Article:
• January 7, 2011

Update #2:  $100,000 spoliation sanction:  pay up…now. (Today’s order of U.S. District Court Judge John R. Tunheim (D. Minn.) is only a little longer than this three word summary.)

Update (12/15/2011):  SGS’ response to Cenveo’s motion to enforce the court’s sanction order asap is here

Original Post:  During the course of some litigation, there are often “non-final” disputes resolved along the way (for example, a resolved dispute over payment of an adversary’s expert’s fees for time preparing for a deposition and being deposed or payments related to electronic discovery) and often it is agreed, explicitly or passively, that these fees will simply be tallied along the way to be set off or squared away on the conclusion of the matter.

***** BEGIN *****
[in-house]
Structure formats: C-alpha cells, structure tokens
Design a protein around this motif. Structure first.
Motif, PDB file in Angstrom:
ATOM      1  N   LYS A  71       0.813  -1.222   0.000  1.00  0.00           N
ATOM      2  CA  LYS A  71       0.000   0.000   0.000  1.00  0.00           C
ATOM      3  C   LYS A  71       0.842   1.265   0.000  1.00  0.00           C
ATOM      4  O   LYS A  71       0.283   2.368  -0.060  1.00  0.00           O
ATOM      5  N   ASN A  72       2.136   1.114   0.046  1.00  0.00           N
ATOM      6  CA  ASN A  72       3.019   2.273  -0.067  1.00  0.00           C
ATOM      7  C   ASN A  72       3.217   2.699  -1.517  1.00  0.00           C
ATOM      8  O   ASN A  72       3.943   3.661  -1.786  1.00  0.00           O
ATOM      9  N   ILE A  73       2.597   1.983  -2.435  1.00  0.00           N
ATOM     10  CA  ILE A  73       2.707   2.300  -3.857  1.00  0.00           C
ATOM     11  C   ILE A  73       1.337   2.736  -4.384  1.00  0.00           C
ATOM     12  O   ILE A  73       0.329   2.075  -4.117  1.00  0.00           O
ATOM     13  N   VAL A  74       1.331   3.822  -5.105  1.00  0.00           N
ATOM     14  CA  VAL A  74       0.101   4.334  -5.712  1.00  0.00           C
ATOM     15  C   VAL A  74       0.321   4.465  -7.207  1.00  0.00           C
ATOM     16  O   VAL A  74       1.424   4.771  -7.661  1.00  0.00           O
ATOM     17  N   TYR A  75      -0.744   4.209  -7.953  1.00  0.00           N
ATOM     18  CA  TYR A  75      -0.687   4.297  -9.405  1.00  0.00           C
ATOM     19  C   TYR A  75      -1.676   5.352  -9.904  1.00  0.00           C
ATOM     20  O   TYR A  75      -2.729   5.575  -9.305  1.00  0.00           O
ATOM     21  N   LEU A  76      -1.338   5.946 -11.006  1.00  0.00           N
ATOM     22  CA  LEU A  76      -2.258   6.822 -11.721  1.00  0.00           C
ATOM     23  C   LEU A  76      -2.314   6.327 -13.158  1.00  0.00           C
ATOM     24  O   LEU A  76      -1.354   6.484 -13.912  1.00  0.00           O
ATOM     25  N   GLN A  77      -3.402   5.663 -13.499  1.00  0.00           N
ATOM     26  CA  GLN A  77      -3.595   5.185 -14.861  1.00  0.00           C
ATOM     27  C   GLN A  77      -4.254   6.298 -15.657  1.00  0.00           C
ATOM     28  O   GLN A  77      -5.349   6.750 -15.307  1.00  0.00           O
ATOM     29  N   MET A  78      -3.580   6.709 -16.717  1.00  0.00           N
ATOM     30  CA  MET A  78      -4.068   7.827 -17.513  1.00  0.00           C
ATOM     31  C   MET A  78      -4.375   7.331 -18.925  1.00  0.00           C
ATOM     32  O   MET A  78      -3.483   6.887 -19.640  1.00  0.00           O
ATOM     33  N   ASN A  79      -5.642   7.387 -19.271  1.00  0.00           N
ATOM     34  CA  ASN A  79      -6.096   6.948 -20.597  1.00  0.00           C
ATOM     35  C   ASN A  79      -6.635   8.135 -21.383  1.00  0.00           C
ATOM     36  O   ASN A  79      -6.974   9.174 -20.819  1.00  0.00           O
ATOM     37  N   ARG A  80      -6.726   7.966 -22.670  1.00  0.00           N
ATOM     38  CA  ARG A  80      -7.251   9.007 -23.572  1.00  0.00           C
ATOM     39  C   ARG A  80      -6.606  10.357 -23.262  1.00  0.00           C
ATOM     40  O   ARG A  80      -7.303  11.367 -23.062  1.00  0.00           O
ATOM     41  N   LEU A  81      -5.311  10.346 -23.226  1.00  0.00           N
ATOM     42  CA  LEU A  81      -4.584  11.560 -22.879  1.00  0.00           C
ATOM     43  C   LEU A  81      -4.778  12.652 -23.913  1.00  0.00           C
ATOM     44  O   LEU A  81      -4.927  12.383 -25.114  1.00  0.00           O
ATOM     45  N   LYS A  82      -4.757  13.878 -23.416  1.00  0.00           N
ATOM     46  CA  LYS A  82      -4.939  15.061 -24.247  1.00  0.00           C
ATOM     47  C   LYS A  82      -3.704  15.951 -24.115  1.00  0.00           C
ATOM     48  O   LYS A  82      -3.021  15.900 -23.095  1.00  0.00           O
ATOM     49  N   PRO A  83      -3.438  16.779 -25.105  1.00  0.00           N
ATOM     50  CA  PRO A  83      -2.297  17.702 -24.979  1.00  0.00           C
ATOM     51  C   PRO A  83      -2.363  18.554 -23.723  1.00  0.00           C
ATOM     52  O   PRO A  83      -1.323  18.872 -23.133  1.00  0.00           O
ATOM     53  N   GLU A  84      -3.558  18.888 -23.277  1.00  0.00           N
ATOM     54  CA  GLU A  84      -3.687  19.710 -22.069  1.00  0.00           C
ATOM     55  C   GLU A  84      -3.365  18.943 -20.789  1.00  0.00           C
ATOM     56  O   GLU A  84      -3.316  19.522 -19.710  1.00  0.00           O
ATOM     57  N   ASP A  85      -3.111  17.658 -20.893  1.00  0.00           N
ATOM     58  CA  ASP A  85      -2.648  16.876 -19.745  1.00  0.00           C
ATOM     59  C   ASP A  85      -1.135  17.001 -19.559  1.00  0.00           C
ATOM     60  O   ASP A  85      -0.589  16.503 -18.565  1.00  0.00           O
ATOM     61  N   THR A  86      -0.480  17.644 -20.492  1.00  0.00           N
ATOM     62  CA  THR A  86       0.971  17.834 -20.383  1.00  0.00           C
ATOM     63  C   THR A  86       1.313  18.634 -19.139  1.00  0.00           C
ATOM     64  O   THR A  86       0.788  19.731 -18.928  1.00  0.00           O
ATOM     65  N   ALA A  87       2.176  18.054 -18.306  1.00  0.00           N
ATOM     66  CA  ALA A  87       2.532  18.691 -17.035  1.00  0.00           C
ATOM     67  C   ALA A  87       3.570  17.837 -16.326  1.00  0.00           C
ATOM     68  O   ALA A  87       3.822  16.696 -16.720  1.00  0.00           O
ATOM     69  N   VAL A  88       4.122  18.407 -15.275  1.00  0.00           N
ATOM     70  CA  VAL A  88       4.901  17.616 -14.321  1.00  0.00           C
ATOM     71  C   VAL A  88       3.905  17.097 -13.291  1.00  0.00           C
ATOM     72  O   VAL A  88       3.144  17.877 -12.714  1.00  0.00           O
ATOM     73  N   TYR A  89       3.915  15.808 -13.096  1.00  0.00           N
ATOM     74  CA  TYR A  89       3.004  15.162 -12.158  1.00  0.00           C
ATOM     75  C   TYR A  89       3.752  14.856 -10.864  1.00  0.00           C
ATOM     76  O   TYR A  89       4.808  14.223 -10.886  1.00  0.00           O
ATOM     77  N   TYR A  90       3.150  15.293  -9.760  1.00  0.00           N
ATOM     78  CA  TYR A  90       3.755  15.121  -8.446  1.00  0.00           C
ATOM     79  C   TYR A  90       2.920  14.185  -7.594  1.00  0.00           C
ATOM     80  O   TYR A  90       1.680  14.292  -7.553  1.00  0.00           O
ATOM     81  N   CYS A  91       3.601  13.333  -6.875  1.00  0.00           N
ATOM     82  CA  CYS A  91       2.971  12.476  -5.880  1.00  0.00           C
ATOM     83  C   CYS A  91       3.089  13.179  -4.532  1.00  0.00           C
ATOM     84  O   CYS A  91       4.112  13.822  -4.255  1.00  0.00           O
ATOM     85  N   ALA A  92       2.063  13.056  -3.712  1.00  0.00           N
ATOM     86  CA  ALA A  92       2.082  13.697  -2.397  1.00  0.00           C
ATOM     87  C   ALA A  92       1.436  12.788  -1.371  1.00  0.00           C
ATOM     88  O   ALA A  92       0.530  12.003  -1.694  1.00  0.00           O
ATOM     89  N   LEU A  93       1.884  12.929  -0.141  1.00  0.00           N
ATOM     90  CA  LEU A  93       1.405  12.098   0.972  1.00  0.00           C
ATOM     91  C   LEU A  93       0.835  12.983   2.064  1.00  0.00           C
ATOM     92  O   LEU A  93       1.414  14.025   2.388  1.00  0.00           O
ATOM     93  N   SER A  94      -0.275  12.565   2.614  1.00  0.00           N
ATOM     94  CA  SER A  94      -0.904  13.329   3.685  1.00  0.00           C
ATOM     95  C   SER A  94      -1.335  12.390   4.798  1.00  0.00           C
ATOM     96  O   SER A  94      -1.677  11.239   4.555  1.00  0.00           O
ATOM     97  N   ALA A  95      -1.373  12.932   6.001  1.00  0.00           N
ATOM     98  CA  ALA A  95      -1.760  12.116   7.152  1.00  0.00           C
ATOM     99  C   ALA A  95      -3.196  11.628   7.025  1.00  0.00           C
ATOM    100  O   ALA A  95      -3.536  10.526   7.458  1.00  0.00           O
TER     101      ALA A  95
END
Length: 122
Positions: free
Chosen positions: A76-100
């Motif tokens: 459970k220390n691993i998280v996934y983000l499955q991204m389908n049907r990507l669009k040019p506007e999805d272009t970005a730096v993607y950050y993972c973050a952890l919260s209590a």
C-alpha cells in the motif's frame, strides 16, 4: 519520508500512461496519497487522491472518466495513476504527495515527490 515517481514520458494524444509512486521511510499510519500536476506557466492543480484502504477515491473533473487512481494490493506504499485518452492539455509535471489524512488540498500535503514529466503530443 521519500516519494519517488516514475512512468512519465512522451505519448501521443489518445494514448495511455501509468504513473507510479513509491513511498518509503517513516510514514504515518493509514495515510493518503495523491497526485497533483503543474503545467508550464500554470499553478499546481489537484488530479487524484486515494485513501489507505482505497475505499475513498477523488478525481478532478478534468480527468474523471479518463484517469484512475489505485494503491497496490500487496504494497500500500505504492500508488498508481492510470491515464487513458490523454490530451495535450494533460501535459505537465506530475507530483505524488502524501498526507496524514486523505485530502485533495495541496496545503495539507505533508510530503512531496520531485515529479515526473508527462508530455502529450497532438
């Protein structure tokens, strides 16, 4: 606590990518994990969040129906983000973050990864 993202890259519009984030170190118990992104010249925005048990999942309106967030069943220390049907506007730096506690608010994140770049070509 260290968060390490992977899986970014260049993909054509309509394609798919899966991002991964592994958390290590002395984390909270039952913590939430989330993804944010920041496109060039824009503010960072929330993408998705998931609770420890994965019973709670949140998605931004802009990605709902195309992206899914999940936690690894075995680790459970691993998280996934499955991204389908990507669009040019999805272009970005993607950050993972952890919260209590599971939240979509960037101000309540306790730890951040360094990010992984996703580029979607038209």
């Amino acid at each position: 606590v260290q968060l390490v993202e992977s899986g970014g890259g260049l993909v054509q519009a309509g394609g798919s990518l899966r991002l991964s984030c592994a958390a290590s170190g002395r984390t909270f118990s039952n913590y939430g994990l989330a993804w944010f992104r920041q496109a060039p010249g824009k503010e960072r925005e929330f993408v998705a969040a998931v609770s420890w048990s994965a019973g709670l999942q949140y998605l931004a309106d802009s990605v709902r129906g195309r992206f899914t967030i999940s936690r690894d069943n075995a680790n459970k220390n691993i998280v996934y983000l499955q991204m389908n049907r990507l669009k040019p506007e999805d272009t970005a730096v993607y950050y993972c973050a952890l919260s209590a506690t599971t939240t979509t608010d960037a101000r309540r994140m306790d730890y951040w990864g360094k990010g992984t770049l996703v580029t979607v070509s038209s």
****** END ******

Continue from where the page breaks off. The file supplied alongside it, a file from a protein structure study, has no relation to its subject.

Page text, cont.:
On the other hand, to the extent these disputes are judicially resolved and result in judgments along the way (for example, an order that one party must pay another party’s expert’s fees), once judgment is entered, it can be immediately enforced.  And, because such judgments are “non-final” judgments (that is, because they do not dispose of the case), immediate appeal is unlikely to be available.

In the heated litigation between Cenveo and Southern Graphics Systems (“SGS”), SGS may have thought that it might put its $100,000 sanction “on its tab.”  Cenveo, on the other hand, would like its sanction to take effect forthwith.  And, by all appearances, U.S. District Court Judge John R. Tunheim (D. Minn.) is not particularly interested in letting the issue sit idly unresolved, having issued an order on 12/13 requiring a response from SGS on 12/15 (that is, today).

(Normally, briefing for such motions would be dictated by the scheduled hearing date on the motion.  In this situation, Cenveo noticed the motion with hearing date and time “to be determined…”)

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